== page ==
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Re: home stereo impedance matching

Here are some iffy ideas. If this is so, then that may be so.

You mention 8-16 Ohm speaker outputs. If you amplifier has two pairs of
speaker outputs with each speaker to be rated at 8-16, then a single 4 Ohm
speaker would be the same as driving two 8 Ohm speakers. A single 4 Ohm
speaker per channel would then be OK if no other speakers are driven in

The main problem with an 8 Ohm series resistor is that it reduces the
speaker damping. Most speakers are designed to "see" a fairly low impedance
load and depend on this to damp unwanted resonances. An 8 Ohm series
resistance presents too large a load from the point of view of the speaker,
so the damping may be inadequate. It is the damping factor that makes long
skinny speaker wires undesirable. Some manufacturers have then designed low
resistance wires which they claim sound better. Actually just using
thicker, shorter wires often achieves the same effect at substantially lower
cost. A series resistor can seriously degrade the sound, especially in the
bass region.

The main danger to the amplifier is that you will draw too much current and
blow it out. Some amplifiers have built in protection circuits which
prevent this, in which case the low impedance should not be a problem.
Protection circuitry will just turn off the sound if there is a danger to
the amplifier. If you listen at relatively low levels this should not be a
problem. Of course the 8-16 Ohm outputs are really the manufacturers way of
disclaiming responsibility it the amp. blows out. Speaker ratings are
generally according to the minimum impedance, and the actual impedance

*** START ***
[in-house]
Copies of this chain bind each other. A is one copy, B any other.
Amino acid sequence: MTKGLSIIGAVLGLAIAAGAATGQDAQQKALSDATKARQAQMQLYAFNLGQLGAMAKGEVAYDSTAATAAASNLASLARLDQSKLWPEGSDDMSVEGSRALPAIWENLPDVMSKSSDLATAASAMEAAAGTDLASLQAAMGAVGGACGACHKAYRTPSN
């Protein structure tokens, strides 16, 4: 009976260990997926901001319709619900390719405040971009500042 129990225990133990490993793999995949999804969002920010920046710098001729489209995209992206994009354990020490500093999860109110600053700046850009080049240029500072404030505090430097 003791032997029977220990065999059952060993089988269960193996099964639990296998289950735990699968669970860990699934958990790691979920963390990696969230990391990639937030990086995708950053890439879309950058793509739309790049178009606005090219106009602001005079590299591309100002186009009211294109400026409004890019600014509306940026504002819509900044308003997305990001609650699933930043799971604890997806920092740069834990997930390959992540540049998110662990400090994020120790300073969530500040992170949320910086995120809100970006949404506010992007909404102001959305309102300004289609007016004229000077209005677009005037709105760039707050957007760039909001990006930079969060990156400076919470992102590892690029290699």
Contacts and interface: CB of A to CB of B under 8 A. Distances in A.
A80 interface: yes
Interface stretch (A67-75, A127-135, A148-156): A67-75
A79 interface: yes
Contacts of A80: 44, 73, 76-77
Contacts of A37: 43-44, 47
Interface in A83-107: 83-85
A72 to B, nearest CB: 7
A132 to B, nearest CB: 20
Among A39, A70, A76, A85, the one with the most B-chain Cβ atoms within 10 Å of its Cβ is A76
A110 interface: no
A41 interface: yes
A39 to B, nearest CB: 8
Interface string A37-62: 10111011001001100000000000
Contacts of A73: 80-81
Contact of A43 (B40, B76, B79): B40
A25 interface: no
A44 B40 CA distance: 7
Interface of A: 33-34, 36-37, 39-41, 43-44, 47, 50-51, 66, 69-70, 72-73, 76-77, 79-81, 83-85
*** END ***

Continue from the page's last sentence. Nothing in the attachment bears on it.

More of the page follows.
varies considerably across the frequency spectrum. They seldom maintain
values only between 8 and 16. Often the low impedance is at a narrow band
of frequencies and will typically occur in the bass region. If you do not
listen to bass heavy music then again, the impedance may not be a problem.
The reason for the low impedance in the bass has to do with the resonant
frequency of the woofer, and the manufacturer may have adjusted the
impedance to compensate for the falling frequency response below the
resonance. If you wish to partially protect the amp. you could install a
fast blow series fuse to limit the maximum current.

The series resistor is easy to install, if you can find them.

The other thing to be careful about is the rated maximum power for the
speakers. If your amp exceeds this, it is possible to blow out the
speakers. However if your amp is rated for a much lower power than the
speaker, it is possible to blow out the tweeters. When overdriven, the amp
will produce copious energy in the high frequencies which can blow out the
tweeters. Again, listening at low volumes should be safe.

Older tube amplifiers did have multiple taps for matching to speaker
impedance, but modern ones do not. OTOH older tube amps could be damaged by
no speaker load, but survived short circuits quite well. Modern transistor
amps are just the opposite. They survive high impedance loads quite well,
but are easily damaged by short circuits.

With all of these ifs I would put in the disclaimer that neither I nor the
listserve can be held responsible for consequent damage to either speakers
or amp.

John M. Clement
Houston, TX

I have a pair of old (relatively) Bose 501 speakers that are marked as 4
Ohms, that I would like to use with a new receiver that only offers 8-16
ohm connections. From what I've been able to establish, higher end
speakers tend to be of the 4 Ohm variety due to greater power associated
with lower resistance.
What types of problems can I expect if I use 4 Ohm speakers with my 8
Ohm system?
If my only problem will be reduced performance, then I'm not terribly
concerned. If I will cause permanent damage to my new receiver I think
I'll leave the speakers in storage.
In the past, my father had wired a 4 Ohm resistor (rated at 15 Watts) in
series with the speaker so that the amp would see 8 Ohms. Is it that